When you browse to a new page in a web browser, the previous page you opened normally dropped from the memory of your computer. There may be cache images and other leftover data, but if you press again, the browser must load most of the page again. The developers of Google Chrome are experimenting with a new "back / front cache" that would cause the previous page to be uploaded instantly.

In a post on the Google Developers site, Chrome's engineering manager, Addy Osmani, wrote: "We are exploring a new back / forward cache to cache pages in memory (preserving the JavaScript and DOM status) when the user Navigate This is definitely not a trivial effort, but if that is the case, it will make you navigate quickly and quickly. "

Simply, when you click on a link on a page, this function will keep the original page frozen in the memory. If you press again, the frozen page is resumed immediately. The Chrome team estimates that this could "improve performance up to 19% of all browsing" in the Android version.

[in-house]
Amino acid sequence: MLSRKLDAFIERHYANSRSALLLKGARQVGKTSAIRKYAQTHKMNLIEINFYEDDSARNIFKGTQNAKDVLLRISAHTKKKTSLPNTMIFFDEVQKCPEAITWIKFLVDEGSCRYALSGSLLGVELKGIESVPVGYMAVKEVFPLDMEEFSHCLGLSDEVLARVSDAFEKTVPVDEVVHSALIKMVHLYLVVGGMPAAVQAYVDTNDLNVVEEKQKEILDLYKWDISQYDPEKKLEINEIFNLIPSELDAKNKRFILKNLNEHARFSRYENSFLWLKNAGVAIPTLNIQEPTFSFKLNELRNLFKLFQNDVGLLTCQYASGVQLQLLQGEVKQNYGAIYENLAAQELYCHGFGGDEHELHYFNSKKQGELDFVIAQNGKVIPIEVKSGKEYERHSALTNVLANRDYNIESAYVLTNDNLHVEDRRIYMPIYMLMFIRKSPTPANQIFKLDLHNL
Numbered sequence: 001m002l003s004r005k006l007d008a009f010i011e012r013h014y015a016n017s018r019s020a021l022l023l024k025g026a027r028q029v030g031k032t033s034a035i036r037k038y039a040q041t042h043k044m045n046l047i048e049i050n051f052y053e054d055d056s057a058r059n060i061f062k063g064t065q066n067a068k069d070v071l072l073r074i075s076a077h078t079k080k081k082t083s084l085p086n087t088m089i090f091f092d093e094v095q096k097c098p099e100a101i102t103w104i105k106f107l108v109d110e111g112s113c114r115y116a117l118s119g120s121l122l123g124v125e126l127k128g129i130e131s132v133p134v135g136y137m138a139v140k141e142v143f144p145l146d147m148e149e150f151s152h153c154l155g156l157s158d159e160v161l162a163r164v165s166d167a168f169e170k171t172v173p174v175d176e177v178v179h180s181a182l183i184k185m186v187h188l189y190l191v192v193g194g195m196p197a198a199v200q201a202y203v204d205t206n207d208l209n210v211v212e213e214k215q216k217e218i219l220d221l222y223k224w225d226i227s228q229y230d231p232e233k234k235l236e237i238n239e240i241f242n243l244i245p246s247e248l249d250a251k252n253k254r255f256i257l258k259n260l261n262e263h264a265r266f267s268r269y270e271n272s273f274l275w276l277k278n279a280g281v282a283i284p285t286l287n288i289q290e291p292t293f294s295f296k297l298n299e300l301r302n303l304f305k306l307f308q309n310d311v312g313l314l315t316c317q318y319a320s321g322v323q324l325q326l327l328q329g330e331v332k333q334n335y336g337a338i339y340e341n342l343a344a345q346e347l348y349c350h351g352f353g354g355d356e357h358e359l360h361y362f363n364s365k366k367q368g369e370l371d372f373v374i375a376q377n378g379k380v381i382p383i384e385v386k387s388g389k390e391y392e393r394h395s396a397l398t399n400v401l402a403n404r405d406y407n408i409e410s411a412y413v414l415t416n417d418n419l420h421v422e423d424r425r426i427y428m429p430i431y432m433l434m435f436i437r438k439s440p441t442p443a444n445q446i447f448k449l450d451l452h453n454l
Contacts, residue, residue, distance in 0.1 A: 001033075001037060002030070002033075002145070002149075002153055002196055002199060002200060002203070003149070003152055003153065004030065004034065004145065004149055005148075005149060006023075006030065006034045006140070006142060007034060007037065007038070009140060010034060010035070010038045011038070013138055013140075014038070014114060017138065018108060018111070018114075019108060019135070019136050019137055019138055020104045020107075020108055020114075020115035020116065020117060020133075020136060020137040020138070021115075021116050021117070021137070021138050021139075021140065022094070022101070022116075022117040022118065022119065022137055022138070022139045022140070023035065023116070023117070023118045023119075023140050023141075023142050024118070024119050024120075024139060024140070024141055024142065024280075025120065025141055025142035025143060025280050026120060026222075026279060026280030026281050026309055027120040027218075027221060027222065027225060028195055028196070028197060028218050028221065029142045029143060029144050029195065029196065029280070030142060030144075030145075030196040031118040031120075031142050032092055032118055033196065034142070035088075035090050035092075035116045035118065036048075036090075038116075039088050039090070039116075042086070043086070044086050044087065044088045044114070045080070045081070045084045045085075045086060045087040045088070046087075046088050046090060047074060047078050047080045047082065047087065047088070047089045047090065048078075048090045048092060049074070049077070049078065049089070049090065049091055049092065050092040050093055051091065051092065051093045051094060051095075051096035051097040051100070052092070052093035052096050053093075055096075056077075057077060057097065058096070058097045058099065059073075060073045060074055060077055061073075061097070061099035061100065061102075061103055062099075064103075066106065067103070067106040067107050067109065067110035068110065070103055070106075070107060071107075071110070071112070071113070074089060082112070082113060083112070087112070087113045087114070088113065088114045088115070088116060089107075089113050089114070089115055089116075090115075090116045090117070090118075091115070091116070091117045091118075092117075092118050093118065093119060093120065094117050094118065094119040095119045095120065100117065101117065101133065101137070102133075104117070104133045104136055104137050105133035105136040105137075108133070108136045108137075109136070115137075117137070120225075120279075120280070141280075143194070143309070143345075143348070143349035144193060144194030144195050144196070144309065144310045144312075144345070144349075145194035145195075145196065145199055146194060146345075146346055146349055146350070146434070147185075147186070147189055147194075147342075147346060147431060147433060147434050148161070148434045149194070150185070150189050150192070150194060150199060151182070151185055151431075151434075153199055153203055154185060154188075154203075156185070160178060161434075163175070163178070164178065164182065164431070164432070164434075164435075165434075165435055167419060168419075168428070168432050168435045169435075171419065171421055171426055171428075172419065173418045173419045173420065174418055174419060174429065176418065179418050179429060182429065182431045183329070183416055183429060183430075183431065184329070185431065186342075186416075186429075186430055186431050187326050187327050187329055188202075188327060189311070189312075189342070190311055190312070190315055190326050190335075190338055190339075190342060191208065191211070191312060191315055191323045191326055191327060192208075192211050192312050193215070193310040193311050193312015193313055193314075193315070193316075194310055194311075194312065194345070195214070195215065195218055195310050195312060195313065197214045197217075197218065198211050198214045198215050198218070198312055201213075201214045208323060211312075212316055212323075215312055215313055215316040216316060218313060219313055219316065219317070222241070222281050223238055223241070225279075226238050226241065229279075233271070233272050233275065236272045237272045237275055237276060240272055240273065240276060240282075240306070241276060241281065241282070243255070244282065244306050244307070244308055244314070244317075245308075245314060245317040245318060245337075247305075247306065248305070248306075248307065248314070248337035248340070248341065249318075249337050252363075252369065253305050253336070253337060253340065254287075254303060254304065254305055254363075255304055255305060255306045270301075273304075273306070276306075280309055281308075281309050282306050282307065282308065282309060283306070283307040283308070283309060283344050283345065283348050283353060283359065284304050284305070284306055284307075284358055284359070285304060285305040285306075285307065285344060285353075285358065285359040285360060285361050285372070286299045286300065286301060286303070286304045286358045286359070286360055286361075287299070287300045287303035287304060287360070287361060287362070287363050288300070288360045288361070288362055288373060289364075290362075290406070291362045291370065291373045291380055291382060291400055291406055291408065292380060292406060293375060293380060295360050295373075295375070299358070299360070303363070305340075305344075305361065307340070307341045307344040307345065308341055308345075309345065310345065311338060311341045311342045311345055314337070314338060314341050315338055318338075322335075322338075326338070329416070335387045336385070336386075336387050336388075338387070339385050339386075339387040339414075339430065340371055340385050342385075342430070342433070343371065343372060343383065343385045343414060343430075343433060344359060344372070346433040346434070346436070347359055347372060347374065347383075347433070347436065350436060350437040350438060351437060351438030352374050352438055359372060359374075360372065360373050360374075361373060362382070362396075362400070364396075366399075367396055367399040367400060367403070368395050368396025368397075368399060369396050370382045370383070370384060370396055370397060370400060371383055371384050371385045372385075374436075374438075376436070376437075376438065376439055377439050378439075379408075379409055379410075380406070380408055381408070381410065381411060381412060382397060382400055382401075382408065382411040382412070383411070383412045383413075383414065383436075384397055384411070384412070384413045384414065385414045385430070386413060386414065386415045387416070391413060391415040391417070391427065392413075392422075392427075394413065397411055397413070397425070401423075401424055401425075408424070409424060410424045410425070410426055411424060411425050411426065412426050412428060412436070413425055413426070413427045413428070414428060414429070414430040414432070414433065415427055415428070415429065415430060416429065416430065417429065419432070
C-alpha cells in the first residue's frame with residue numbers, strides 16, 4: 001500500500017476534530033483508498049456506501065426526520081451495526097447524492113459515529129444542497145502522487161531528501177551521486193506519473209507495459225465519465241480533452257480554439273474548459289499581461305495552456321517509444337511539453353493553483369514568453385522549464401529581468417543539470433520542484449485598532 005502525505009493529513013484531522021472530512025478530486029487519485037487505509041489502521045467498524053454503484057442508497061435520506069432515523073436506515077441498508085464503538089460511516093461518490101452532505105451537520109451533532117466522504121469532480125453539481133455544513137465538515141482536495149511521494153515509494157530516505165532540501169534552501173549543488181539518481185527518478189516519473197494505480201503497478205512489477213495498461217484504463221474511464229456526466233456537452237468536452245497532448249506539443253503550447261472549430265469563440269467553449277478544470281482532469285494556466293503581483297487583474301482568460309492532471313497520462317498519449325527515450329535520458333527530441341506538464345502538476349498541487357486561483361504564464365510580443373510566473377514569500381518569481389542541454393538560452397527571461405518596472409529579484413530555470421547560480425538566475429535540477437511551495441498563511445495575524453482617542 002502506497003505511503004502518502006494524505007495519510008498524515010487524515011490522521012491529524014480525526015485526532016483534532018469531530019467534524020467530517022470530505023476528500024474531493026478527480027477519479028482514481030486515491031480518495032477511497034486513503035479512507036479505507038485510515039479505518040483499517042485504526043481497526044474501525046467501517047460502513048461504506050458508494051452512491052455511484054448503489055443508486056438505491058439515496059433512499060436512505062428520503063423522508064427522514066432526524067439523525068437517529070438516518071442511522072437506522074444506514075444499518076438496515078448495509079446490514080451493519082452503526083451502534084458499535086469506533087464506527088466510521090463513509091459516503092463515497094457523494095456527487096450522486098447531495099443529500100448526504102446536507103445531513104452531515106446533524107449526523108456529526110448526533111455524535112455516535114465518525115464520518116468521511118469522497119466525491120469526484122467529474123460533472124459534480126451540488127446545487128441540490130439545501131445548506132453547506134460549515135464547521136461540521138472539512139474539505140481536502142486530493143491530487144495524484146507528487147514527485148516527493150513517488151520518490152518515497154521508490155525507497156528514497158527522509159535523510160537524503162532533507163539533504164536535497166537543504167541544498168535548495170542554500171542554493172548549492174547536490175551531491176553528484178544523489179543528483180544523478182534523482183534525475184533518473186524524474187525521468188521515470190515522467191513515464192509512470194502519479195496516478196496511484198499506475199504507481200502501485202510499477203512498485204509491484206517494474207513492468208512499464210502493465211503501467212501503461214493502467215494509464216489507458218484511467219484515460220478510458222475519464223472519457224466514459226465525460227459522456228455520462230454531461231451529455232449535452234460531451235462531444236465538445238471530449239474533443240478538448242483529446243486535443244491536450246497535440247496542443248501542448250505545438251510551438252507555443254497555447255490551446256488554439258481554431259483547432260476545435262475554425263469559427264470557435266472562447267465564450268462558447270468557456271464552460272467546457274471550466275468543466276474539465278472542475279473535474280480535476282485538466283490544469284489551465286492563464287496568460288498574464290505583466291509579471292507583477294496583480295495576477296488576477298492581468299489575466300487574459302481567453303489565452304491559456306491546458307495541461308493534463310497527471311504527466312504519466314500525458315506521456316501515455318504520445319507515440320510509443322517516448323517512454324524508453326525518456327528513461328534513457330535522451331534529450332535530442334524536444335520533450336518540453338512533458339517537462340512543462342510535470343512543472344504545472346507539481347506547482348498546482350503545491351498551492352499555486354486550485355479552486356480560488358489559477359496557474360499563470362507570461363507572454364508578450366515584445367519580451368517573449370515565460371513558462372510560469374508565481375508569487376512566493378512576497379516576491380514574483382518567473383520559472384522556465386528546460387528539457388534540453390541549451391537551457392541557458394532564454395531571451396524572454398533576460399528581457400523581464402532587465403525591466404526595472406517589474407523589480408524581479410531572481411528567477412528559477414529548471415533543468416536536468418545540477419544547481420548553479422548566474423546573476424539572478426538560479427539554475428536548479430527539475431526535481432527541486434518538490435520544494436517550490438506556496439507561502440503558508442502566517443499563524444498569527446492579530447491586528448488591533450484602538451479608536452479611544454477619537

It is interesting to note that Chrome is far from the only browser to experiment with this concept. Firefox used the back / forward cache to some extent from Firefox 1.5 (released in 2005), but it seems to be disabled for HTTPS sites. Safari also had a variation since 2009.

This feature is still in the early stages and there are still security and compatibility issues to solve. At least, it is a great use for the absurd amounts of RAM that many Android flagship now have.